With AI, the quality of data is really important to have the right level of output. That comes in the way we ground it, based on what we have done with Data Cloud … It’s up to the customer to ensure that the data is clean, harmonized [and] has good semantic meaning.
The model should also be able to learn from how users are responding to its output, but here again the onus falls back on the customer to validate what Einstein GPT is producing. Shih warns:
There’s a human in the loop. The marketing manager doesn’t get off the hook from being accountable for what’s put in the marketing campaign.
Risk #2 — the AI makes stuff up
For reasons that are not fully understood at the moment, LLMs like ChatGPT are prone to invent facts to fit the narrative they’re building, and can even become aggressively assertive at defending their inventions when challenged — an AI phenomenon known as hallucination. So as well as grounding their training sets in validated data sources, it’s also important to build in mitigations against this anomalous behavior. Kathy Baxter, Principal Architect at Salesforce, says:
We know that generative AI can give inaccurate answers, it can hallucinate and be really confident about it. [We can mitigate this] by saying, focus on these 100 knowledge articles, and if you can’t find the answer to the customer’s question in these 100 knowledge articles, come back with the answer ‘I don’t know.’ Don’t go and make make something up … There’s going to be a number of different things that we’ll be putting into place to help our customers or the end users, can they trust this response? Is this something that perhaps I should seek other sources before using this answer?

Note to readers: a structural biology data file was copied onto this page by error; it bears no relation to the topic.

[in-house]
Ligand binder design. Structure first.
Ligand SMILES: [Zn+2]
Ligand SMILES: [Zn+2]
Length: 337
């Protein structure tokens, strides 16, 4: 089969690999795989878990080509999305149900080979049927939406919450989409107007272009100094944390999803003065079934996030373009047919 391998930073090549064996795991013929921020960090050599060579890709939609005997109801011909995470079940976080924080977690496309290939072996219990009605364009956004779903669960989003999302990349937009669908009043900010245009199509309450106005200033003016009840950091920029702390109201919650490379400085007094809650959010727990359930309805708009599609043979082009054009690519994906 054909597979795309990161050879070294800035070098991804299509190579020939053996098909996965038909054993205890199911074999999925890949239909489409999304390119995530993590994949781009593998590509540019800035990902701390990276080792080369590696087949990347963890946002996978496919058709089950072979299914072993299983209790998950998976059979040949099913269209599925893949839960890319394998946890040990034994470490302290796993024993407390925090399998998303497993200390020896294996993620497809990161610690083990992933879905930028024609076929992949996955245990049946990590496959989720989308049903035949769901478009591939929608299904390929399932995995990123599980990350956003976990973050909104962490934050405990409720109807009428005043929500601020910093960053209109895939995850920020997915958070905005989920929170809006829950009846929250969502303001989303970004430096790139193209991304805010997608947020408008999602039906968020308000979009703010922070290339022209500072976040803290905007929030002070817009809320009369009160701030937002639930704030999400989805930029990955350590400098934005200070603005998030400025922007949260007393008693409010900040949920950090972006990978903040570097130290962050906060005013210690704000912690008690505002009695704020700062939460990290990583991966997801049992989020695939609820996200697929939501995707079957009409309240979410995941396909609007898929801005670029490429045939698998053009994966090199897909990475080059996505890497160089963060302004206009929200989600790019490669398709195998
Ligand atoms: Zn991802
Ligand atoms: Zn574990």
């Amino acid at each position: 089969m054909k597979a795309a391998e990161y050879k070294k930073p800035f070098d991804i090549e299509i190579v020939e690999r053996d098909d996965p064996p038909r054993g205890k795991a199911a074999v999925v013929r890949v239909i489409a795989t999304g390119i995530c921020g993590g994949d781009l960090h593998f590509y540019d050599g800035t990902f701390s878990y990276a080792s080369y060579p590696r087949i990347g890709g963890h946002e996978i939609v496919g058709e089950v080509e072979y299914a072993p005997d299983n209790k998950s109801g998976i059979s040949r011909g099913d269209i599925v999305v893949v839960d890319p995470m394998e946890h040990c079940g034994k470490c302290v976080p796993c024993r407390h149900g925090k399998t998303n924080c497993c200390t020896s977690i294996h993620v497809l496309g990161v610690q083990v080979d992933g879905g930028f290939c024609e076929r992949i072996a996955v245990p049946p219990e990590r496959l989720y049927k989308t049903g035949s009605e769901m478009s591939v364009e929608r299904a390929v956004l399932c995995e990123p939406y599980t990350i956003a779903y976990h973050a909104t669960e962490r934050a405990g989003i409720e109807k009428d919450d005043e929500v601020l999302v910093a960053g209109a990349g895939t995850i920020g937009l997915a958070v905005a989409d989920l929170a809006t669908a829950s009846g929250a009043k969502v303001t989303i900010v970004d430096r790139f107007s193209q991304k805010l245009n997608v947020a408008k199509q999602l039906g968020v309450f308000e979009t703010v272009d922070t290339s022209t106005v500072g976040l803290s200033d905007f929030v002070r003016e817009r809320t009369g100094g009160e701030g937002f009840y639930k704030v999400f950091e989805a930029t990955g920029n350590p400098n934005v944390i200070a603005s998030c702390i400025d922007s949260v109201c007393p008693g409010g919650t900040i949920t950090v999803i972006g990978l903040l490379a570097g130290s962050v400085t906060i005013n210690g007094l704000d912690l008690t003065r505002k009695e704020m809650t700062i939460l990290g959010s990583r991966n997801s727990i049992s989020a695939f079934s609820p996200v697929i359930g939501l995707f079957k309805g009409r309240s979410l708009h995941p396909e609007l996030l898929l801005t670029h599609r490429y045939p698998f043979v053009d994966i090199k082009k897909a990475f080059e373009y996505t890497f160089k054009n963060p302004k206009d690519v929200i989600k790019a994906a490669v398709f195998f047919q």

Other potential mitigations that Salesforce is looking at are including the source of the information in the answer, requiring the model to validate certain types of information from more than one source, or adding a confidence level that shows how sure the model is that it has found the right answer. Building these features and ensuring they work effectively is one of the reasons why Salesforce isn’t yet putting a timeline onto when Einstein GPT will go into production for the main Sales, Service and Marketing clouds. It’s going to take time to get them working well, but it’s essential work. Baxter adds:
A lot of these things are things that we are prioritizing for our models, because we know how important that is. If you don’t bake it in from the beginning, you’re always playing catchup after that.
Risk #3 — the AI still occasionally gets things wrong
All of the work that Salesforce is doing to make Einstein GPT robust brings up another risk well-known to builders of AI systems — how to make sure that humans still catch the occasional errors that still come through? Think of autonomous driving, where most of the time it works fine, but the the driver’s attention drifts off and then they’re caught unawares when something happens that the AI can’t handle. Baxter comments:
If the AI is right the majority of the time and only every so often it gets the answer wrong, this becomes a surveillance task. And humans are lousy about extended surveillance … Humans, they get used to AI being so magical, it gets it right so often that you become complacent.
It’s going to be a really interesting design challenge, as we add in these different, what we call mindful friction moments, to get humans to slow down, check the answers every single time, so that what they are getting really is the right answer, really is the best answer.
Risk #4 — users aren’t empowered to train the AI
Companies who see Einstein GPT as a great opportunity to lower their costs by replacing humans with AI equivalents need to take into account the continuing need for human supervision to keep these systems honest. This goes back to the point made by Emergence Capital’s Jake Saper in the interview published yesterday:
Deploying them on their own without a feedback loop, without contextually specific data, and without a human to help oversee and ensure accuracy, is likely to result in some some scary outcomes … [I]f you use them without guardrails, bad things will happen.
A key part of Einstein GPT’s advantage over generic LLMs is that its own users can provide feedback on the model’s output, which then goes back into its reinforcement learning cycle. Govindarajan explains:
If the content is edited [by a human user] in some form, it’s being edited on our platform, that’s a signal. If the content is outright being rejected, and a completely new response is being written by a human in the loop, that’s also feedback information. Or if content has been just accepted as is, that’s the Holy Grail, you’re starting to get more and more accurate.